The pre-admission visit went fine. A list of medications and a medical history that should have already been in the computer here were entered. I got a sheet of instructions to follow in preparation for Monday's procedure. I stressed the hernia repair I had forgotten last time around.
Yesterday (Monday), Sandy and I arrived at the admissions section by the appointed 6:30 AM time and took a number. The waiting room was full and I got a bit concerned as they called person after person by name, many of whom had arrived after I did. It turns out those were people who were scheduled for various procedures in different places. They got to the Cath Lab people further down the list.
With my hospital armband on, Sandy and I walked up to the Cath Lab waiting room where we were joined by several other people. I was the only repeat visitor. They took us into the ward area where we took off our clothes and donned the traditional hospital gown and robe. A nurse started an IV line into the back of my hand, doing a much better job than last time around. Then I returned to the waiting room where Sandy and I talked to the other folks.
People were called one by one until it was my turn. I walked into the room and climbed on the table. The nurse, a fellow whose name escapes me at the moment, remembered me from eighteen months ago because they had so much trouble getting the line in the artery in my groin. He added more than the usual amount of Versed into my line to make me extra relaxed while they checked out the arteries. Apparently they couldn't get a good pulse in either side and so I ended up with a line in the brachial artery inside my right elbow. I was so doped that I barely remember the warm flushes as they injected the radioactive dye into my heart.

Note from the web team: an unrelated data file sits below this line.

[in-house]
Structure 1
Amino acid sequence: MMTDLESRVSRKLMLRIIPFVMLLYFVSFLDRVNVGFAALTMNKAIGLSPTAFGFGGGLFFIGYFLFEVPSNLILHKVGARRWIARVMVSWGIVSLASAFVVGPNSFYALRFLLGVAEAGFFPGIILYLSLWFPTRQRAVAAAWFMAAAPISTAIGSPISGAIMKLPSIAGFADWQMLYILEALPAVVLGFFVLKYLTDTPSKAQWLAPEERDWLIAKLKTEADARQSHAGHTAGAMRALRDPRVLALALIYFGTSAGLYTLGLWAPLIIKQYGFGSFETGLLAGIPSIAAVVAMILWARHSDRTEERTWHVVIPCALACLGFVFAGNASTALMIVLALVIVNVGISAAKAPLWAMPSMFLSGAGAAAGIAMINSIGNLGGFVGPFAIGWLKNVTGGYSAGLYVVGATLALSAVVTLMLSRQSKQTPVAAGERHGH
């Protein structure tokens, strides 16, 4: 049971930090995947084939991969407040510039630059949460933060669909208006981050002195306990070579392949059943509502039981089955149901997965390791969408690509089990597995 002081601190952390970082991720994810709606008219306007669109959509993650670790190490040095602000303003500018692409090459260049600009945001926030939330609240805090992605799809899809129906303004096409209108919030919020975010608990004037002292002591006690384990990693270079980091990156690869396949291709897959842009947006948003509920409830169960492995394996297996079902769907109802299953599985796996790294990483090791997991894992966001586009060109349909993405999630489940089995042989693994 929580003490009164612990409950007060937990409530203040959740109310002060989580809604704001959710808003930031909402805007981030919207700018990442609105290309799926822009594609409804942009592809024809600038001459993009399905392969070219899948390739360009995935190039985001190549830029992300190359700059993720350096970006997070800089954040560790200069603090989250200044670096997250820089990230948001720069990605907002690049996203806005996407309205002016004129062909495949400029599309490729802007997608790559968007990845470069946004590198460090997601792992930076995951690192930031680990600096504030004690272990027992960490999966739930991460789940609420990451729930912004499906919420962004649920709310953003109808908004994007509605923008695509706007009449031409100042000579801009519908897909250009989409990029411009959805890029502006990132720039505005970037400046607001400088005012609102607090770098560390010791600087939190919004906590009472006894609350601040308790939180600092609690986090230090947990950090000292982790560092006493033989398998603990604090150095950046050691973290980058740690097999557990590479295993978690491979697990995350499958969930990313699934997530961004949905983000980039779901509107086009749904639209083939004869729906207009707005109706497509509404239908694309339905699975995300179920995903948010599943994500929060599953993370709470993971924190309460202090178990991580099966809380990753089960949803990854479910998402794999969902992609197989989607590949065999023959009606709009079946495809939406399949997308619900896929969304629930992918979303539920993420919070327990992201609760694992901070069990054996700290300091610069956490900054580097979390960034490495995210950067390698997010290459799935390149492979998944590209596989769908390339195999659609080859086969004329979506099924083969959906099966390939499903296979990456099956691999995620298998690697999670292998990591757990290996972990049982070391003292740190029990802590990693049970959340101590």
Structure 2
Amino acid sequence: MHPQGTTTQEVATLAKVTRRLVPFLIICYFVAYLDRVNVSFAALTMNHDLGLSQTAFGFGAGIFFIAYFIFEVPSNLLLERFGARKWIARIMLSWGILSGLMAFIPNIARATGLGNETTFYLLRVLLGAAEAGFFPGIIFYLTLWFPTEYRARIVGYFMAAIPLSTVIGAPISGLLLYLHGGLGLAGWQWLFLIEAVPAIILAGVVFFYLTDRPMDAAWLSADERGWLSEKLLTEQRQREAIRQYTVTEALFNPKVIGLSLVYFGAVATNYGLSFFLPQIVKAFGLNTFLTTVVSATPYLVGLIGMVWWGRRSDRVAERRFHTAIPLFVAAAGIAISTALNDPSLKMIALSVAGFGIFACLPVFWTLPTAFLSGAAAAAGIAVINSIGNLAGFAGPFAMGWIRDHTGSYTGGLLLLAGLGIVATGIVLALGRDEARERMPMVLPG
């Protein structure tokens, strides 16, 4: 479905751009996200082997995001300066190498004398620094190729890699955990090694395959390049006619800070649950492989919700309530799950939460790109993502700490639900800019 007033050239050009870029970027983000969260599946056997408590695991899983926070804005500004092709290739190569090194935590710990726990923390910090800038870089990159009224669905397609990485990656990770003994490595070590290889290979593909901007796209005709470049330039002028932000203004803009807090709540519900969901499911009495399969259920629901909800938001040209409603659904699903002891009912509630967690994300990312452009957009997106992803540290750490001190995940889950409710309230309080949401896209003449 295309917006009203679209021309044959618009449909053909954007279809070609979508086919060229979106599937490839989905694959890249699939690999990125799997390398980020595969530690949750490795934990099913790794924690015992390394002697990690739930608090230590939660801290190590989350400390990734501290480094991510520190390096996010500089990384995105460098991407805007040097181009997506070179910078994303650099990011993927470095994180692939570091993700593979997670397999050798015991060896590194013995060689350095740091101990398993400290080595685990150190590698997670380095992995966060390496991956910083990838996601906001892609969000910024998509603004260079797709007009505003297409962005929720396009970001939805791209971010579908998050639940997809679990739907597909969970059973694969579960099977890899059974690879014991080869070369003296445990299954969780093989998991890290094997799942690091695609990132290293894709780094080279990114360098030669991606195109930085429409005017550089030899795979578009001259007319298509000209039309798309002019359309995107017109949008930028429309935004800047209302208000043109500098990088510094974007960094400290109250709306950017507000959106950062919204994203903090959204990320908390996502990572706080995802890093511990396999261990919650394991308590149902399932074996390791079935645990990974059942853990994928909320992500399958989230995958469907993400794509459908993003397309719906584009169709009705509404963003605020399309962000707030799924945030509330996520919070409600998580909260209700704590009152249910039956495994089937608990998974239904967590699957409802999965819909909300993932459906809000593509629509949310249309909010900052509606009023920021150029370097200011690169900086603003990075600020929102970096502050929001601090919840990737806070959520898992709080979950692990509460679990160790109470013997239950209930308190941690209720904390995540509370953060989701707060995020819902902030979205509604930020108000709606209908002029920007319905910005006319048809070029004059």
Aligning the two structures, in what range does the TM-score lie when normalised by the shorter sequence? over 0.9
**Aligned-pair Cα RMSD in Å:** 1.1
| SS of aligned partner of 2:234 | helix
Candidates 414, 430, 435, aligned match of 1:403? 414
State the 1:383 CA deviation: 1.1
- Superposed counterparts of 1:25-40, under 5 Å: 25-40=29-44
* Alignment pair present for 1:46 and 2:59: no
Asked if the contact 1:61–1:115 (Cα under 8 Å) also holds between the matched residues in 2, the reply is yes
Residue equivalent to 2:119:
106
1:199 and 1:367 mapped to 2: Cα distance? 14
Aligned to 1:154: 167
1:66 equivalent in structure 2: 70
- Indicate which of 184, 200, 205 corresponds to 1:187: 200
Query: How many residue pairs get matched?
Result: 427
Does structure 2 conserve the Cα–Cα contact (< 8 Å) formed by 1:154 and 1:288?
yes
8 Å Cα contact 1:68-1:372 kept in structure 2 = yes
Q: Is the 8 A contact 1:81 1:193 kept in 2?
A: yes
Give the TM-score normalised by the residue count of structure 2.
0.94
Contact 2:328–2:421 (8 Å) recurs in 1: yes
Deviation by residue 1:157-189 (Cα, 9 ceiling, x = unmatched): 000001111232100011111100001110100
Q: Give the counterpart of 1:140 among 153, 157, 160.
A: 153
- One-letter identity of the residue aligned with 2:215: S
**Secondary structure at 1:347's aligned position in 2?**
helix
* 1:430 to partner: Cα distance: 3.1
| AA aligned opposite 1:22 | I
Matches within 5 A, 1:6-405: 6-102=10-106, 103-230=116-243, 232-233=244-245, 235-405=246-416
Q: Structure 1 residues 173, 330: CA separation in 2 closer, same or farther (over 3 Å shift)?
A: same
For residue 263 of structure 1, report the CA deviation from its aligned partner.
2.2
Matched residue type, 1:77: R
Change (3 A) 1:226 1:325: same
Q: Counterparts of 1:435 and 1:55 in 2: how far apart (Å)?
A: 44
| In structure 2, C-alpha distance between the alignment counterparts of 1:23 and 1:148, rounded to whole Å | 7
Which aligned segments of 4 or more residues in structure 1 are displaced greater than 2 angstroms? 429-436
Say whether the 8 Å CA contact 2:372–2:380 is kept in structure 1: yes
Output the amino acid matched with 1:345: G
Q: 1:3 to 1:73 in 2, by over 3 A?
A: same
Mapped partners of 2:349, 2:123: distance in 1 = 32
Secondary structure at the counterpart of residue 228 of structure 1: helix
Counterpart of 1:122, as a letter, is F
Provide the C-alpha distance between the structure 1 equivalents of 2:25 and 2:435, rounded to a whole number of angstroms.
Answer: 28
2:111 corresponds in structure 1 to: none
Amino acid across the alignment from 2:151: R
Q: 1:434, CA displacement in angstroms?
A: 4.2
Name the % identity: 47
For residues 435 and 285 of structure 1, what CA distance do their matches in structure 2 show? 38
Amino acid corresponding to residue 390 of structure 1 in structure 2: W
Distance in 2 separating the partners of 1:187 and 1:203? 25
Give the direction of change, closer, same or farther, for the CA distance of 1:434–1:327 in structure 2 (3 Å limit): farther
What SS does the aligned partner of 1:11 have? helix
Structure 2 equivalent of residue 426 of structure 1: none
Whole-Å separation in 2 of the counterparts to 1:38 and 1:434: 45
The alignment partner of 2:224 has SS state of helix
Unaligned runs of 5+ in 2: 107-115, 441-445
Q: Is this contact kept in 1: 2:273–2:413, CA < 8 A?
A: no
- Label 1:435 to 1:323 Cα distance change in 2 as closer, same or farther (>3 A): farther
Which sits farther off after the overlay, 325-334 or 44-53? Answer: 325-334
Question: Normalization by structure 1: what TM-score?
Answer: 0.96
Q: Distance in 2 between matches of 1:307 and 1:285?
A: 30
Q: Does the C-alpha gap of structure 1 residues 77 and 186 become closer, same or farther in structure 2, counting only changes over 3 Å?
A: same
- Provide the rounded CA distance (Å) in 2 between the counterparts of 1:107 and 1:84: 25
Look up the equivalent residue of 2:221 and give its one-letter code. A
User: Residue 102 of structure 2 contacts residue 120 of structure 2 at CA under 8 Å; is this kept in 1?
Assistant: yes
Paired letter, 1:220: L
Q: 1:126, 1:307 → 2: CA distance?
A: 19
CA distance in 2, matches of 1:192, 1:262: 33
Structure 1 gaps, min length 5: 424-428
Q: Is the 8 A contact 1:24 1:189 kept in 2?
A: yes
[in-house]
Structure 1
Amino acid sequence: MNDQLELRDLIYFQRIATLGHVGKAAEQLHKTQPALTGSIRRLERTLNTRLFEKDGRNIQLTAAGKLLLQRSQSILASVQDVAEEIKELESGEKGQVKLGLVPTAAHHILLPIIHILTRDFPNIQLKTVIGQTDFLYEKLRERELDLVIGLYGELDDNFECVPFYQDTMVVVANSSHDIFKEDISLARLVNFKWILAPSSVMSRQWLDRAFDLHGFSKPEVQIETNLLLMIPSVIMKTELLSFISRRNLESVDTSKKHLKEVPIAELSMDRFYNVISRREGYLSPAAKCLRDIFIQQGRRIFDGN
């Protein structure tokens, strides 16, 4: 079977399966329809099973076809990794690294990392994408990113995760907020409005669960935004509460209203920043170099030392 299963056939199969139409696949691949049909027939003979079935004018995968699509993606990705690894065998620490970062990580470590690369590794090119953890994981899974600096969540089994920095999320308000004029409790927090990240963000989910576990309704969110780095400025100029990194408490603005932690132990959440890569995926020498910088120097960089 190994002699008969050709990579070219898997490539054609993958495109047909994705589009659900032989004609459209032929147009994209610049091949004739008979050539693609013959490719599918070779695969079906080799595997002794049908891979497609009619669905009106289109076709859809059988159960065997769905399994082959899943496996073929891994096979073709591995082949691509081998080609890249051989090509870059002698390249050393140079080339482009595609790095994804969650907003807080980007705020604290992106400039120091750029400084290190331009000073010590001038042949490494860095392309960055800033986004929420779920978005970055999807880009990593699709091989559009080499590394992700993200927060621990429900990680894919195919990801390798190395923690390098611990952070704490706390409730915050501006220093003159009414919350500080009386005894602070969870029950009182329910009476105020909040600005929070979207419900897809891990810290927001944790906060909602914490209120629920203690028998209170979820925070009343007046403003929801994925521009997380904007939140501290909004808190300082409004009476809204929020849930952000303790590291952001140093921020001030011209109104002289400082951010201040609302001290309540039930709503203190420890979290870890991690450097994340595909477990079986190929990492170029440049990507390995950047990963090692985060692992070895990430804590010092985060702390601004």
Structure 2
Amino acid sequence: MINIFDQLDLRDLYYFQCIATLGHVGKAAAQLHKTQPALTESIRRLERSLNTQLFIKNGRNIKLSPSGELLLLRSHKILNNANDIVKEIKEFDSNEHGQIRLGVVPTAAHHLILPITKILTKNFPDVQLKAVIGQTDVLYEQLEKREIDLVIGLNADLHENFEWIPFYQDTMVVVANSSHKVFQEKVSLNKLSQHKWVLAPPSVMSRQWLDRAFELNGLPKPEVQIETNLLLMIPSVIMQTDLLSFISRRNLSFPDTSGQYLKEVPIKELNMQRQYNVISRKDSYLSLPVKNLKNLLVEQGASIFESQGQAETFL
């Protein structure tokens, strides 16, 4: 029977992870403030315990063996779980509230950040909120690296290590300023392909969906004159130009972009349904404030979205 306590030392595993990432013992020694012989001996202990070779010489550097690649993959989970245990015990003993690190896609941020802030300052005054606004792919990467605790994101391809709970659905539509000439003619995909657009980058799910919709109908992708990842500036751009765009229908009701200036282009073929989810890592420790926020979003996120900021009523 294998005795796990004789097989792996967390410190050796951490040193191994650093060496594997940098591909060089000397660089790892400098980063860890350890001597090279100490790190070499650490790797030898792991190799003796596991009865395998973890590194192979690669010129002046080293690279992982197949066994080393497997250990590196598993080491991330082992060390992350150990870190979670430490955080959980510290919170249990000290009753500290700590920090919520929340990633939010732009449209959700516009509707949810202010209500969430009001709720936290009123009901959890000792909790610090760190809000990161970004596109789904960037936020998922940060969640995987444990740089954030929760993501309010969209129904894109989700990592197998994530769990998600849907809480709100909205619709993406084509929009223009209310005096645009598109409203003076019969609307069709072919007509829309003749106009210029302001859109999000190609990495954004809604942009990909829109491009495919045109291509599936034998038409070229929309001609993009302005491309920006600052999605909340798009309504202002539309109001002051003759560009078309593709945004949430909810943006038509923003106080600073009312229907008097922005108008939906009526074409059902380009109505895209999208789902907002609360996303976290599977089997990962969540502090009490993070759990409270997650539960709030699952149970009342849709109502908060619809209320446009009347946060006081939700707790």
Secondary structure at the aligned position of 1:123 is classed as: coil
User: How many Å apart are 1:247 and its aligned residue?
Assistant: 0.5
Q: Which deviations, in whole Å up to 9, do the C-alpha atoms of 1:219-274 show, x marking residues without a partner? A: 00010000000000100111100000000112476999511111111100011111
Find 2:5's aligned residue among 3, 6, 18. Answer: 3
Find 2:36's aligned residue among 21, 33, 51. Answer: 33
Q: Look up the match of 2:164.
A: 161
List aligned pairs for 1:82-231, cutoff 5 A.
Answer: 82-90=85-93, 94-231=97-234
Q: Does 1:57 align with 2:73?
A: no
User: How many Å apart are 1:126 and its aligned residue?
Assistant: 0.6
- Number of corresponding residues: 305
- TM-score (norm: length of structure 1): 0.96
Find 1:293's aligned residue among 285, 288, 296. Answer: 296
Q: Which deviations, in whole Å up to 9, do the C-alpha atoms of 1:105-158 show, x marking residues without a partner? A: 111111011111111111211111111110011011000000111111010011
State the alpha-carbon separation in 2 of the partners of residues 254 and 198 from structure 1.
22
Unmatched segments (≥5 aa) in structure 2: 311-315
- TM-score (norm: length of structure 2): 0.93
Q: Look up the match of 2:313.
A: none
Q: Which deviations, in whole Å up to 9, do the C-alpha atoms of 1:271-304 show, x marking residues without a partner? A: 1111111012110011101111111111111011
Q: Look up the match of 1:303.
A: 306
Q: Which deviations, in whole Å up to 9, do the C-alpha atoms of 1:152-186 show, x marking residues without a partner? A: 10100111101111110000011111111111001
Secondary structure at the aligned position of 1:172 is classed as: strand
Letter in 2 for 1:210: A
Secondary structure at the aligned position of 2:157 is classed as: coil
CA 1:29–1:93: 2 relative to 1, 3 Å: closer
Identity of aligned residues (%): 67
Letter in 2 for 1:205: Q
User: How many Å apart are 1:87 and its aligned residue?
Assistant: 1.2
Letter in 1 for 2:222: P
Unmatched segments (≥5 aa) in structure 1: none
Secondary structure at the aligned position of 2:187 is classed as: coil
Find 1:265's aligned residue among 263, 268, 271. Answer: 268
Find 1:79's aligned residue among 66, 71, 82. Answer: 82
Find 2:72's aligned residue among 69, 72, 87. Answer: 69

Last time, this was the point at which Dr. H. told me I'd be getting one stent. Nobody told me anything this time, just that I had a 99% blockage in the same artery as the last time. They also said the previous stent looked clear. Then they wheeled me back to the recovery room. Once there, a nurse explained that the doctor had not been able to visualize the functioning of my aortic valve. It was diagnosed as calcified over a decade ago, although I've had the murmur since I was a teen. She told me that if the function was severely impaired, they wouldn't do a stent. Instead, they would open me up and replace the valve, doing a bypass at the same time.
Back to the lab and more Versed along with a large shot of Heparin. This anti-coagulant is why they keep you in overnight after a stent. The procedure was done in no time and then I was on my way up to the special ward on 8 North where all the stent people go. On my way out, they gave me the before and after pictures of my heart. Someone did comment that I had an unusually large circumflex artery. I'm not sure if that's something I can brag about.